Home' Facility Perspectives : Vol 11 No 2 Contents 84
FACILITY PERSPECTIVES | VOLUME 11 NUMBER 2
| DIVERSITY IN FM
DIVERSITY IN FM PROFILE
Name: Lisa Hut
Job title: Workplace Strategist
Developing business for our new office
in Sydney, making sure that we create an
established organisation that is known for
measuring the workplace and improving
What attracted you to the facilities
After high school, it took me one year to
figure out what I wanted to study. I realised
that I should choose a discipline that fits my
qualities. I’m good at organising, have an eye
for detail and I’m a very curious person. For
example, I’ve always wanted to know how
things work at airports or hospitals. I started
studying FM at the Hanze University in the
Netherlands at the age of 18. Four years
later, I graduated and won two awards for
my thesis about third workplaces. It gave
me so much energy. From that moment on,
I knew I would like to develop myself in the
(workplace) FM industry.
What are your career goals?
I’m doing everything I can to set up our
Australia branch, and we’re doing very well.
I know that no matter where my career
takes me, I will always make sure that I’m
passionate about what I’m doing. But, to me,
a career is not the most important thing in
life. I’m not pushing myself to end up as an
executive or director that doesn’t have time
for their family. I make choices based on my
instinct, and it will take me where I want
to be – like here, in this beautiful country. I
want to end up as an old, wise and proud
woman who shares her knowledge with other
What advice do you wish you had
when you first started, and what
advice would you give to other
women interested in joining the
Don’t let others make you feel insecure, and
never be afraid to share your opinion. My
career started just five years ago, but I’ve
already learnt so much. In the Netherlands,
men dominate the industry. Sometimes, I
felt that the person on the other side of the
table did not value my professional opinion
(as much), just because I was young and less
experienced. That made me insecure at first,
but I also believe that you can learn from
everyone. If you just believe in yourself, it
will always be okay.
Women represent only 17 per cent
of the total facilities management
workforce. Why do you think this
figure is so low?
After I arrived in Australia in October 2016
and attended the FMA Industry Awards
in November, I realised that I hadn’t seen
a lot of women, and I noted a striking
resemblance with FM in the Netherlands. I
think the main reason is due to the roots of
facilities management, where it was largely
janitorial services, arranging workplaces and
security. Typically, these were considered
‘male jobs’. Now, the world of facilities
management is evolving – and like in the
Netherlands, increasingly more countries
offer facilities management studies –
therefore, women gradually become more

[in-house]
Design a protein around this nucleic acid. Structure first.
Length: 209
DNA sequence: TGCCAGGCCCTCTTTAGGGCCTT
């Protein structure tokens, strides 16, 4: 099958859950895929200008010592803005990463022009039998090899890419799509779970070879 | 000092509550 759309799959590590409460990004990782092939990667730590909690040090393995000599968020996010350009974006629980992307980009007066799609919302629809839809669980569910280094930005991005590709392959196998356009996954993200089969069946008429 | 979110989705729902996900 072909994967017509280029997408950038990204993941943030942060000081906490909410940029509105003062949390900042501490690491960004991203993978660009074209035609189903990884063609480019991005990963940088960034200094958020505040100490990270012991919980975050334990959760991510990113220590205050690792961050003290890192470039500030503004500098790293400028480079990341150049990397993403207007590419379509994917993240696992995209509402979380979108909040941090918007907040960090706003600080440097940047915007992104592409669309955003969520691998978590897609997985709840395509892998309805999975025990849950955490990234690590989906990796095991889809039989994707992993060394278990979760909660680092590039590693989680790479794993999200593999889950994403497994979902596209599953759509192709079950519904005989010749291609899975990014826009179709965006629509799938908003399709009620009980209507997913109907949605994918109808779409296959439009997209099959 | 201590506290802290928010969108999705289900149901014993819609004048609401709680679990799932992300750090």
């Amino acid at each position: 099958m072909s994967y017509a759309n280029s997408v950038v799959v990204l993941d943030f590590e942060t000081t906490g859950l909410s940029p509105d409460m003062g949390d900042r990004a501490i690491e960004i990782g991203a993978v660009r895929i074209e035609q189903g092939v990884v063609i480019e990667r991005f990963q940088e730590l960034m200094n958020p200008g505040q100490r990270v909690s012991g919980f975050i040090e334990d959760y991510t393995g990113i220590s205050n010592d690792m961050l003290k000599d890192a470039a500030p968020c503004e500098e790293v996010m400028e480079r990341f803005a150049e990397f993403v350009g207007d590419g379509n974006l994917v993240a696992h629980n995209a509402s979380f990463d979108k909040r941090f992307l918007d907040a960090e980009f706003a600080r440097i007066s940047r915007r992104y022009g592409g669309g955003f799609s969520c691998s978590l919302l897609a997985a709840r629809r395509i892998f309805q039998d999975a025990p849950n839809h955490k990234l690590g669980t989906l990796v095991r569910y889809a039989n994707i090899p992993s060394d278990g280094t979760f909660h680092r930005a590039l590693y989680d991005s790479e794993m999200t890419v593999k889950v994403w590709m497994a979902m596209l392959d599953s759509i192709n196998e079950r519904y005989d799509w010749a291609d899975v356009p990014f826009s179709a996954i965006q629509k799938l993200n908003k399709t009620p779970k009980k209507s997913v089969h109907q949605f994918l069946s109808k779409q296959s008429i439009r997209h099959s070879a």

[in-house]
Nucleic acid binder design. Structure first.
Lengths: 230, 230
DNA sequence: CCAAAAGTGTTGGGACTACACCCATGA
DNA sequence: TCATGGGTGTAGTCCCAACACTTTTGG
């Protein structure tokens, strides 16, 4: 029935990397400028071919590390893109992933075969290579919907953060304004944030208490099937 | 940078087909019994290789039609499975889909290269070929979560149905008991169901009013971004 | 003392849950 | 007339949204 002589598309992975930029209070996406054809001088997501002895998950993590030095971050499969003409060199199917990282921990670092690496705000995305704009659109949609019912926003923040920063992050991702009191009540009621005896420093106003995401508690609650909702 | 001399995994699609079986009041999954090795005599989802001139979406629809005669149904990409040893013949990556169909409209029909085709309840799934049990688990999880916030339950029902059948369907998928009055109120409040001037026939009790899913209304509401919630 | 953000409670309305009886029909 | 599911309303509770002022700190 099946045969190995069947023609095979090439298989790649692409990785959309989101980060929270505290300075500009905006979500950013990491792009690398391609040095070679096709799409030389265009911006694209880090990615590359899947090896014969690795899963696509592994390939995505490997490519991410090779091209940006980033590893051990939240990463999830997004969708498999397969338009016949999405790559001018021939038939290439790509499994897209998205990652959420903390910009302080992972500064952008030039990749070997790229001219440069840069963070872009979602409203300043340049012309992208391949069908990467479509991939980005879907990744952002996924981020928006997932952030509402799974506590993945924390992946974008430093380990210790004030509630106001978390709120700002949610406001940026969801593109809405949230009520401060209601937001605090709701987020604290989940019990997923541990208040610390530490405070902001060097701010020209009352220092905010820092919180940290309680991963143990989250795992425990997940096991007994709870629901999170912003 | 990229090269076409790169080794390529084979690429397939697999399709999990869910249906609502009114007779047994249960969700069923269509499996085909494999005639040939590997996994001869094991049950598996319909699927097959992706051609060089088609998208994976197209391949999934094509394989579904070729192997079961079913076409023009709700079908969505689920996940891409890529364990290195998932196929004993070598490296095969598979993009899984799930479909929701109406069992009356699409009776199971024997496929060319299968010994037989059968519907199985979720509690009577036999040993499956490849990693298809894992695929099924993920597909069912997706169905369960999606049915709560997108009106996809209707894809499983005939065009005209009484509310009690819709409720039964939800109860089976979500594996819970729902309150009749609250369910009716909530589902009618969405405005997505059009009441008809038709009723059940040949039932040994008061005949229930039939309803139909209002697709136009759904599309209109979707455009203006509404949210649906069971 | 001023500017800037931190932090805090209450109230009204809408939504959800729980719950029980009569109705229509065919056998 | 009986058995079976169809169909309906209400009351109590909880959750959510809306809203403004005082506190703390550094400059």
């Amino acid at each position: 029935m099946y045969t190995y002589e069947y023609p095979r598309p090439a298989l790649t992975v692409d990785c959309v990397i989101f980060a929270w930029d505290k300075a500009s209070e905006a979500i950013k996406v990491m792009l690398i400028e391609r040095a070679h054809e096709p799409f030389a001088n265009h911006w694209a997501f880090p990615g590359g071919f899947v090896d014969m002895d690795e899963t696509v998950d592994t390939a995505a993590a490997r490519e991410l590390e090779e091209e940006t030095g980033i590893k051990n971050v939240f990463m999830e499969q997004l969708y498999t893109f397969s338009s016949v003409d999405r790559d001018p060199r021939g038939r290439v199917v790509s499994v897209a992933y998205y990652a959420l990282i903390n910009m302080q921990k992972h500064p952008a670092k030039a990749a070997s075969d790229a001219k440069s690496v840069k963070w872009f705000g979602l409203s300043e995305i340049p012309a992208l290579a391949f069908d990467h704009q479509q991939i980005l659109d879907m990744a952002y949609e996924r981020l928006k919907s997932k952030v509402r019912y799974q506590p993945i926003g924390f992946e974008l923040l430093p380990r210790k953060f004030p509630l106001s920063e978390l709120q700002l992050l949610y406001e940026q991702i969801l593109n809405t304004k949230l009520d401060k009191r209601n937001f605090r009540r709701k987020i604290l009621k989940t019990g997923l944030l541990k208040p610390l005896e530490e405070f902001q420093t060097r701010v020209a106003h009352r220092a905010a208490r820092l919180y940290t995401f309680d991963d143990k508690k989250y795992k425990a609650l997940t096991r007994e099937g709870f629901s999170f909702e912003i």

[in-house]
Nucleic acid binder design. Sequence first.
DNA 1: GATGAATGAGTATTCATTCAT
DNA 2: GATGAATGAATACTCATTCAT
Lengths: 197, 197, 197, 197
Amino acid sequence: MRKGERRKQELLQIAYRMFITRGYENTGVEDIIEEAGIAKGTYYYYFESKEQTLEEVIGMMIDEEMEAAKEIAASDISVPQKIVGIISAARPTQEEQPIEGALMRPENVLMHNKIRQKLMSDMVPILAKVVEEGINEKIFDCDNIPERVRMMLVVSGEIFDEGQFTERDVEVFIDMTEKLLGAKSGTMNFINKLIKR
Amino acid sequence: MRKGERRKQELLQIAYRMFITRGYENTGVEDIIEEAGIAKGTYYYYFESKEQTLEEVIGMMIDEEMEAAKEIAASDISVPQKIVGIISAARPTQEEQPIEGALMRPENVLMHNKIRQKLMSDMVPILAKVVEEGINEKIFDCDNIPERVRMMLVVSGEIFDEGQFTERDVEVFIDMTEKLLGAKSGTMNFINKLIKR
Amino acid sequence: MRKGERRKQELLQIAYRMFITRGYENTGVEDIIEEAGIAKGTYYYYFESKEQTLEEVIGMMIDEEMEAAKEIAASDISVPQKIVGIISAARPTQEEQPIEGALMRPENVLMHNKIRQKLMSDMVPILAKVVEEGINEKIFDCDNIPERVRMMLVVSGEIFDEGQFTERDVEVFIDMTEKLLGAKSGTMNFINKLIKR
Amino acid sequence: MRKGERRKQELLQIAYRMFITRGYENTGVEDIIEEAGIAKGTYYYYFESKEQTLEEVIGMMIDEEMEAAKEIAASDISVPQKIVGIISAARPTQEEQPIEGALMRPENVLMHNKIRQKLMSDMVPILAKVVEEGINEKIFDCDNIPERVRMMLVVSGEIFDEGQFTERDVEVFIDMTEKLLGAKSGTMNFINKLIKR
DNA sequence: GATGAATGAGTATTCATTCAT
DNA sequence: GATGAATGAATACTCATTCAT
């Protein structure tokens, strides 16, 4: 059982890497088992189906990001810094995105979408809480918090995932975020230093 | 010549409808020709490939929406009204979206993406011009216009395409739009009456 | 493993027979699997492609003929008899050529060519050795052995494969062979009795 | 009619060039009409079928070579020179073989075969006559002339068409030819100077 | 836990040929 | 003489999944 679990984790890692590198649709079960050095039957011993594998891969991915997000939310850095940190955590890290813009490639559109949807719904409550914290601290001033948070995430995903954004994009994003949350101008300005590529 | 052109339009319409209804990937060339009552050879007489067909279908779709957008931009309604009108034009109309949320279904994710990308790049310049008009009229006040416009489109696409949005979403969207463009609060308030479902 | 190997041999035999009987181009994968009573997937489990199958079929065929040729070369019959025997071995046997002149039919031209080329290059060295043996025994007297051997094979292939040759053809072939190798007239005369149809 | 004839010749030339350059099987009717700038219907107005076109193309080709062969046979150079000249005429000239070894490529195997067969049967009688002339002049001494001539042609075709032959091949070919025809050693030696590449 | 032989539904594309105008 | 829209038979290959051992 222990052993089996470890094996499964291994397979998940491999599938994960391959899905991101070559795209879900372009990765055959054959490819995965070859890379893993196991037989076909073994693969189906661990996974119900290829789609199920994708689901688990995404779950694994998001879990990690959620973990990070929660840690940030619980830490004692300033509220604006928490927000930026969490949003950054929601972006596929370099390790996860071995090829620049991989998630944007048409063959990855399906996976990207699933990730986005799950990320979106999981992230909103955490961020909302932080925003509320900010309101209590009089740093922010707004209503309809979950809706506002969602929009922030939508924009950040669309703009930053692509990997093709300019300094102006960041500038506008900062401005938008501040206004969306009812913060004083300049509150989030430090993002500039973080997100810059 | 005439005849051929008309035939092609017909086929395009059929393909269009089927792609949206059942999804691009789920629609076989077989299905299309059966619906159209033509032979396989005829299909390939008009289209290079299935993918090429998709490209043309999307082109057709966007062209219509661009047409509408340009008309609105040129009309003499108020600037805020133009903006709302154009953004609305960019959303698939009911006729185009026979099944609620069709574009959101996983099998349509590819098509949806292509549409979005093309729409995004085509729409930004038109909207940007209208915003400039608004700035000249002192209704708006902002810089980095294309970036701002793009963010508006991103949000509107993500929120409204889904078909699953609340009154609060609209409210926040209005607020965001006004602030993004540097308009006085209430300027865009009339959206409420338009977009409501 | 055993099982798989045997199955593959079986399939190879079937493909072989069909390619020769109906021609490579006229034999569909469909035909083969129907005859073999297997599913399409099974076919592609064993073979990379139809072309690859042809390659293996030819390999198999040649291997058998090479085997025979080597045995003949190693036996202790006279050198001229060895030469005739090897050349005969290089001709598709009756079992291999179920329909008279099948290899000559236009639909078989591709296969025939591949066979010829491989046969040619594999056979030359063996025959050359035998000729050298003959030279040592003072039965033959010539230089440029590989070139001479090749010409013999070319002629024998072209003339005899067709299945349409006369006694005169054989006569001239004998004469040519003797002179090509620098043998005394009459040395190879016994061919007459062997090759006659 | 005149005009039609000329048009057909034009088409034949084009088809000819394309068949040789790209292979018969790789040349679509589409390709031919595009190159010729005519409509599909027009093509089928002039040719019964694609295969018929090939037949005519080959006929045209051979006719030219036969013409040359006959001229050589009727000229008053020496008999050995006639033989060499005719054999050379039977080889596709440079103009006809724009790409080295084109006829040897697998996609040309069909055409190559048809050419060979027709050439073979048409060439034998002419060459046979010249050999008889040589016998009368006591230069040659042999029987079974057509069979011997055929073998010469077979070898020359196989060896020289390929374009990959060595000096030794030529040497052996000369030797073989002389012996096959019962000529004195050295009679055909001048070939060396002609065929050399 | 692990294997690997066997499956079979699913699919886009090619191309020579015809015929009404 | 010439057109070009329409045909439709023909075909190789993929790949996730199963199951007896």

active in the industry.
Despite low representation, the
number of women in facilities
management has been steadily
increasing over the years. What do
you believe is the reason for this?
They have always said that the future
facilities manager in the Netherlands will be
a female. You will only see women at the
university and men in the business side of
FM. I believe that the FM role is changing.
These days, it’s more about people and the
innovation in information technology. A mix
of those two principles and dealing with
complexity of data requires new leadership. I
think this attracts more women.
Do you think there is currently
enough diversity in the FM industry?
No, certainly not. Going to an FM event,
you can sometimes count the number of
women on two hands. At this very moment,
I’m asking myself what the right amount
should be – I don’t have the answer.
Normally, the demographics of the students
should be reflected in the working industry;
however, a full-time FM degree does not
exist in Australia. We need to promote FM
at universities. Not only diversity in gender,
but sexuality, age and different cultural
backgrounds should also be accepted and
represented in the industry.
Do you think you or other women
might face any barriers to success
within the industry?
You’re always creating your own success.
If you truly want to achieve your goals, the
barriers are just personal challenges that any
other person has – whether they are female
or male. The industry might be dominated
by men, but it doesn’t say that the men are
against women (if so, they are foolish).
How do you think the FM industry
could improve its diversity?
The industry is evolving and includes many more
competencies than 10 years ago. (Think of data
analytics, workplace strategy and maturity, flex
working, IT-driven facilities management, and
smart phones and wearables.) Therefore, it
attracts a different group of professionals.
Change is evidently coming, but could be
boosted by advertising the industry’s potential to
educational institutions, corporate directors and
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